“While it was not the result I had hoped for, I am grateful the Licensing Commission took action to punish Plaza Mexico’s management for their unacceptable lack of vigilance and unwillingness to cooperate with law enforcement,” Cunningham said after the decision. “As there were two other incidents that were not able to be discussed at this hearing, I strongly suspect this will not be the last time we see Plaza Mexico before the Licensing Commission to discuss disciplinary action.”
The two incidents referred to by Cunningham happened earlier this year, with one being that of a juvenile stabbed inside the restaurant. Police contend that Plaza Mexico was uncooperative in informing them of the incident, delaying needed treatment of the victim. Those incidents were pulled out of the discussion early on, but could come back at a later date.
At Tuesday’s continued hearing, most of the night was dedicated to Attorney Sam Vitali questioning Chelsea Police officers, questioning witnesses of the two major events, and also allowing the public to speak.
Vitali questioned Capt. Keith Houghton about a central piece of his defense, which was why the department was only now bringing up events from 2013 and 2014 despite continued renewals of licenses.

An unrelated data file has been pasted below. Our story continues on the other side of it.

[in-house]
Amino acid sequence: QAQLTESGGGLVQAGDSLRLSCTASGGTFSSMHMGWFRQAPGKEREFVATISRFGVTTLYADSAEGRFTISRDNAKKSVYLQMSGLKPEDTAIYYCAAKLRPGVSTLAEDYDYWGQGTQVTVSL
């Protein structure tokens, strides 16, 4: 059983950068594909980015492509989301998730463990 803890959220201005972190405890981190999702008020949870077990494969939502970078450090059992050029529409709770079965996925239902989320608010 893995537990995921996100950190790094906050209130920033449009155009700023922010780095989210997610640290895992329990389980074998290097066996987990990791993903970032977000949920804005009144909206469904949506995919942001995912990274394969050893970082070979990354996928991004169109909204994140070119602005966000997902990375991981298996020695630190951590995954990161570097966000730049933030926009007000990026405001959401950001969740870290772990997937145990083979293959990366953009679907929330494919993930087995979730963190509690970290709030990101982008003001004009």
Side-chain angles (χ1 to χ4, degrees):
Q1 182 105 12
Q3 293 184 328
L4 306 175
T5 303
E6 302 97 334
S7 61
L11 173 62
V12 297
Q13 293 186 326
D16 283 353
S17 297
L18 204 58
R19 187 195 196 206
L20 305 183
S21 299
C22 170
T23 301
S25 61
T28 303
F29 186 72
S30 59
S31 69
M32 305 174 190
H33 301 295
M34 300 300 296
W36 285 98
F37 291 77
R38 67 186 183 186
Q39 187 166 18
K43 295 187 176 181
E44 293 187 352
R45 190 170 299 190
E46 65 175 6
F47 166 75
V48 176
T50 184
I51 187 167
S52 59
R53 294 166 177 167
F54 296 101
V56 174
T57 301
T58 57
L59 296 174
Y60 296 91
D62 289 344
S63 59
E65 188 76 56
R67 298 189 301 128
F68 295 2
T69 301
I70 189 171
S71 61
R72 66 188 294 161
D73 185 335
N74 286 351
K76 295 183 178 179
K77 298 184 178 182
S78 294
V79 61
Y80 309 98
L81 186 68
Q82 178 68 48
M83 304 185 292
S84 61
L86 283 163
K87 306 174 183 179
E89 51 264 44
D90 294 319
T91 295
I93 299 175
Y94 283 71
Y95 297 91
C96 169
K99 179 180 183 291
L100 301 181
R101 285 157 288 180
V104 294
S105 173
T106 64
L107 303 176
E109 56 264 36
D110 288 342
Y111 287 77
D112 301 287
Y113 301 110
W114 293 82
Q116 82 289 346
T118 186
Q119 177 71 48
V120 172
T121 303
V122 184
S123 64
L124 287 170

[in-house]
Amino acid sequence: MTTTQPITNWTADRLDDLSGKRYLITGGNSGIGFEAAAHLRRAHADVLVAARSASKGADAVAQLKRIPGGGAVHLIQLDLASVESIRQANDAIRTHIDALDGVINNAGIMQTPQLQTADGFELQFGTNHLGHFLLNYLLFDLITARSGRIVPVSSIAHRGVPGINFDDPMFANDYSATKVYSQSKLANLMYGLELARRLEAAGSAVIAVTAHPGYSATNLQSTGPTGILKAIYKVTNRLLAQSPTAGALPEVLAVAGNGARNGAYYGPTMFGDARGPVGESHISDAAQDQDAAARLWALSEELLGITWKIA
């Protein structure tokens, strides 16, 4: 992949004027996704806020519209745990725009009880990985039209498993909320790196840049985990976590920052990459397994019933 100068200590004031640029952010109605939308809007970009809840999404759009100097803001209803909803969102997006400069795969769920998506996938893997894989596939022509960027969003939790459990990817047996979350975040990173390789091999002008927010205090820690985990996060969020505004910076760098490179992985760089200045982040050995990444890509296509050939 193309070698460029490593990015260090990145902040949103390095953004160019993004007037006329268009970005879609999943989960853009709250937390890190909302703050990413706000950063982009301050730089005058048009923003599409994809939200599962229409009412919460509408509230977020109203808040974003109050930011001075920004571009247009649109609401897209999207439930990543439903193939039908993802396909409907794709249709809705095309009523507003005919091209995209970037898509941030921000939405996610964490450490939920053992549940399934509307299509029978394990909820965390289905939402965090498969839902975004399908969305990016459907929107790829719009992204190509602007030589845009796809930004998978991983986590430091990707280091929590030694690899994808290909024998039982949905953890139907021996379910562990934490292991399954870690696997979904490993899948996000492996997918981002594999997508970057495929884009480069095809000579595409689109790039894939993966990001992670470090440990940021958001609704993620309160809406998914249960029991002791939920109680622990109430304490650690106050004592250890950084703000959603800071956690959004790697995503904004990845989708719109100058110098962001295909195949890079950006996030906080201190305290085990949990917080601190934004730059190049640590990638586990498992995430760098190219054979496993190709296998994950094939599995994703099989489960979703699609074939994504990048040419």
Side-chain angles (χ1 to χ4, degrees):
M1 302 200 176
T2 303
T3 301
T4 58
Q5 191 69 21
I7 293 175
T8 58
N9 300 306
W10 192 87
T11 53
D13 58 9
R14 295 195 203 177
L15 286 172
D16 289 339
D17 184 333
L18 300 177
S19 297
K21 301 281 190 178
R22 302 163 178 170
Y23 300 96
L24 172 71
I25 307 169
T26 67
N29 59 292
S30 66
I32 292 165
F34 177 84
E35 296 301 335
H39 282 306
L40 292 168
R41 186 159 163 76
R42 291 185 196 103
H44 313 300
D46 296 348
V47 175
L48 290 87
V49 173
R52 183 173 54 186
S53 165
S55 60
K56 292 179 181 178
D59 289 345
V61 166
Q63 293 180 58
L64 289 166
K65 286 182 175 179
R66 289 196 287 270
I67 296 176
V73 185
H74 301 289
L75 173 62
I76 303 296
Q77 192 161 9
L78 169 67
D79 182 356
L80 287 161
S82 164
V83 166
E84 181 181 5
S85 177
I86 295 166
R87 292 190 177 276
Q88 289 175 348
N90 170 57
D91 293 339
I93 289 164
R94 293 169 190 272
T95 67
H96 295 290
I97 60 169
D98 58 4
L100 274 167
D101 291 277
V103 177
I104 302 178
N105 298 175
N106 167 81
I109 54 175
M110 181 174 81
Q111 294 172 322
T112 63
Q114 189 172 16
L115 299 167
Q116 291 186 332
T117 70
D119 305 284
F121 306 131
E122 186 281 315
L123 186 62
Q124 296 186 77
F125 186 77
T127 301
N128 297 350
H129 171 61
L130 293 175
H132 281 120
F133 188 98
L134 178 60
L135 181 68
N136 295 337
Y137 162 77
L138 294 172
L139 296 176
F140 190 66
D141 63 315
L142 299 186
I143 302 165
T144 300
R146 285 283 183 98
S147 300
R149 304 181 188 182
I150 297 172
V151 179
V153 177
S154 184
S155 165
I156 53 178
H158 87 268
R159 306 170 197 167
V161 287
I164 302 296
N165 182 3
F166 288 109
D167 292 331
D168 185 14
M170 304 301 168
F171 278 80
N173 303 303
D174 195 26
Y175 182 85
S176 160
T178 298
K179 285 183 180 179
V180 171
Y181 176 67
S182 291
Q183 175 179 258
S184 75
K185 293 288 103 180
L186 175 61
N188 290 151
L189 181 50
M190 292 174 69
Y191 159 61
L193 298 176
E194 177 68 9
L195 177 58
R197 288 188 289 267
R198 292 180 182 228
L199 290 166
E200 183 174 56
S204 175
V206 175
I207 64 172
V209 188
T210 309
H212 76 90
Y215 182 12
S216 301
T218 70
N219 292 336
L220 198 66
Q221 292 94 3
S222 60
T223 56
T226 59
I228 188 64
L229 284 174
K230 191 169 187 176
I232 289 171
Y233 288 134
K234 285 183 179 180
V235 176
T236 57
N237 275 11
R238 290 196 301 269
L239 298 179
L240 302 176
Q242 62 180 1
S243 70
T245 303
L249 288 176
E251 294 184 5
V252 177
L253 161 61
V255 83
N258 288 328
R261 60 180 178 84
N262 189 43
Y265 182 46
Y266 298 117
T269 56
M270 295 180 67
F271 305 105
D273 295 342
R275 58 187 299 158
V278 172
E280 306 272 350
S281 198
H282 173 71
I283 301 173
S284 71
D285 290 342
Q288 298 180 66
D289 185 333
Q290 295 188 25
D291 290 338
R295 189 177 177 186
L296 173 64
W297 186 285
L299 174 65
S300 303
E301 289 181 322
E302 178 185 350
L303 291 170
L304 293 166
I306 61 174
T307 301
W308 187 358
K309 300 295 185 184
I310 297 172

“Because I wanted a conviction on both (drug dealing cases) and the second suspect had defaulted several times in his case,” said Houghton. “I wanted an iron clad case against the bar. It’s not uncommon. We do investigations that take years.”
Unlike in the Las Palmas case, the general public was very much in support of the establishment, including residents of the elderly home 14 Bloomingdale, and direct abutters as well. There were no neighbors who came to speak against Plaza Mexico, and at least 20 neighbors and patrons spoke in favor of the establishment.
“I don’t know everything that’s going on, but there’s never been any trouble when I went there,” said Marie Lowsky of 14 Bloomingdale. “I’ve taken my girlfriends there and my church group in there. We go in there and it’s a very nice place. I wouldn’t take a church group there if there was that kind of trouble. All I know is I see nice people there. I don’t see any drug dealing going on and I feel safe in there.”
Many others spoke of how the ownership allows neighbors to park their vehicles in the parking lot, and how the ownership provides community parties and discounted breakfasts to the elderly.
Avellaneda said he believed the Commission felt it was a message to all establishments that they needed to be more watchful and more vigilant about what is going on in their places.
“On the drug transactions, we felt the owners had some responsibility,” he said. “Whether outside in the parking lot or in the establishment, they have to be more aware. It is their jurisdiction. It’s a head’s up to all establishments that you have to be aware and vigilant to what’s happening in your establishment and not just throw your hands up.”